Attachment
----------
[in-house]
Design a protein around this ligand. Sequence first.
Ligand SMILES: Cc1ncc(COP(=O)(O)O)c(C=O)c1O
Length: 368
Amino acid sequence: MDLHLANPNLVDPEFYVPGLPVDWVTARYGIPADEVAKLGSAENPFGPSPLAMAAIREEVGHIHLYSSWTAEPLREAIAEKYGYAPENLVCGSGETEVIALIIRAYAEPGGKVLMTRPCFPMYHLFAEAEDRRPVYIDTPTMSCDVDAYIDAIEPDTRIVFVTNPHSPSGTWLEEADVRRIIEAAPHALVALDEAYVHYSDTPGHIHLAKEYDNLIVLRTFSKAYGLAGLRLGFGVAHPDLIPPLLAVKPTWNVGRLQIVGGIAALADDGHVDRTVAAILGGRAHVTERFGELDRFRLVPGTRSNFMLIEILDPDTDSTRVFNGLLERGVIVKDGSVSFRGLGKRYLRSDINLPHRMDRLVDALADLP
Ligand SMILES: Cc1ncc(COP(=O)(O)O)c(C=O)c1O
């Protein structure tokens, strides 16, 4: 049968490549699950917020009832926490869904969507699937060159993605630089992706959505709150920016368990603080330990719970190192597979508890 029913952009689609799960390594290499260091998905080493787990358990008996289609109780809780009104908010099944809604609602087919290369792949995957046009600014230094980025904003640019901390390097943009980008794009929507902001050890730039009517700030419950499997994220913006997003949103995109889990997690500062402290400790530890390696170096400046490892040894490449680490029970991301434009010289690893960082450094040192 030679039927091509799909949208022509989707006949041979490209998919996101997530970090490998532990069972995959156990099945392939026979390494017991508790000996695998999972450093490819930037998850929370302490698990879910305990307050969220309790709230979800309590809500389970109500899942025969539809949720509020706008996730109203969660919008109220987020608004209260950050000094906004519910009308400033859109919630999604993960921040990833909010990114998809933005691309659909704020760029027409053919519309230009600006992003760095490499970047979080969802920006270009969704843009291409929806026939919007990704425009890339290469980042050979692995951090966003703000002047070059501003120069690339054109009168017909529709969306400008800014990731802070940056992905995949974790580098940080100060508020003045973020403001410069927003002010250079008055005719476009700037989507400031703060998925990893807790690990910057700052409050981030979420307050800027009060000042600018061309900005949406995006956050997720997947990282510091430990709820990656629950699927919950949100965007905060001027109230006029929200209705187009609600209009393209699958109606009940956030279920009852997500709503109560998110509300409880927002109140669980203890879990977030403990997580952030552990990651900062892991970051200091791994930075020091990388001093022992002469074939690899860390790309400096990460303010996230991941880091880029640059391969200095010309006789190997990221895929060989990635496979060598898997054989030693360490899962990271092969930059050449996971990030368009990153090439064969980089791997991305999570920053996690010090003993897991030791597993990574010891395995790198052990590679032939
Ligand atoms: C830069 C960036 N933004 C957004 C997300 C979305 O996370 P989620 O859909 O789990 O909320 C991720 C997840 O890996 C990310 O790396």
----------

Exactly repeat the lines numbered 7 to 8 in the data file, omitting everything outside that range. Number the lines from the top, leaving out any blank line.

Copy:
């Protein structure tokens, strides 16, 4: 049968490549699950917020009832926490869904969507699937060159993605630089992706959505709150920016368990603080330990719970190192597979508890 029913952009689609799960390594290499260091998905080493787990358990008996289609109780809780009104908010099944809604609602087919290369792949995957046009600014230094980025904003640019901390390097943009980008794009929507902001050890730039009517700030419950499997994220913006997003949103995109889990997690500062402290400790530890390696170096400046490892040894490449680490029970991301434009010289690893960082450094040192 030679039927091509799909949208022509989707006949041979490209998919996101997530970090490998532990069972995959156990099945392939026979390494017991508790000996695998999972450093490819930037998850929370302490698990879910305990307050969220309790709230979800309590809500389970109500899942025969539809949720509020706008996730109203969660919008109220987020608004209260950050000094906004519910009308400033859109919630999604993960921040990833909010990114998809933005691309659909704020760029027409053919519309230009600006992003760095490499970047979080969802920006270009969704843009291409929806026939919007990704425009890339290469980042050979692995951090966003703000002047070059501003120069690339054109009168017909529709969306400008800014990731802070940056992905995949974790580098940080100060508020003045973020403001410069927003002010250079008055005719476009700037989507400031703060998925990893807790690990910057700052409050981030979420307050800027009060000042600018061309900005949406995006956050997720997947990282510091430990709820990656629950699927919950949100965007905060001027109230006029929200209705187009609600209009393209699958109606009940956030279920009852997500709503109560998110509300409880927002109140669980203890879990977030403990997580952030552990990651900062892991970051200091791994930075020091990388001093022992002469074939690899860390790309400096990460303010996230991941880091880029640059391969200095010309006789190997990221895929060989990635496979060598898997054989030693360490899962990271092969930059050449996971990030368009990153090439064969980089791997991305999570920053996690010090003993897991030791597993990574010891395995790198052990590679032939
Ligand atoms: C830069 C960036 N933004 C957004 C997300 C979305 O996370 P989620 O859909 O789990 O909320 C991720 C997840 O890996 C990310 O790396």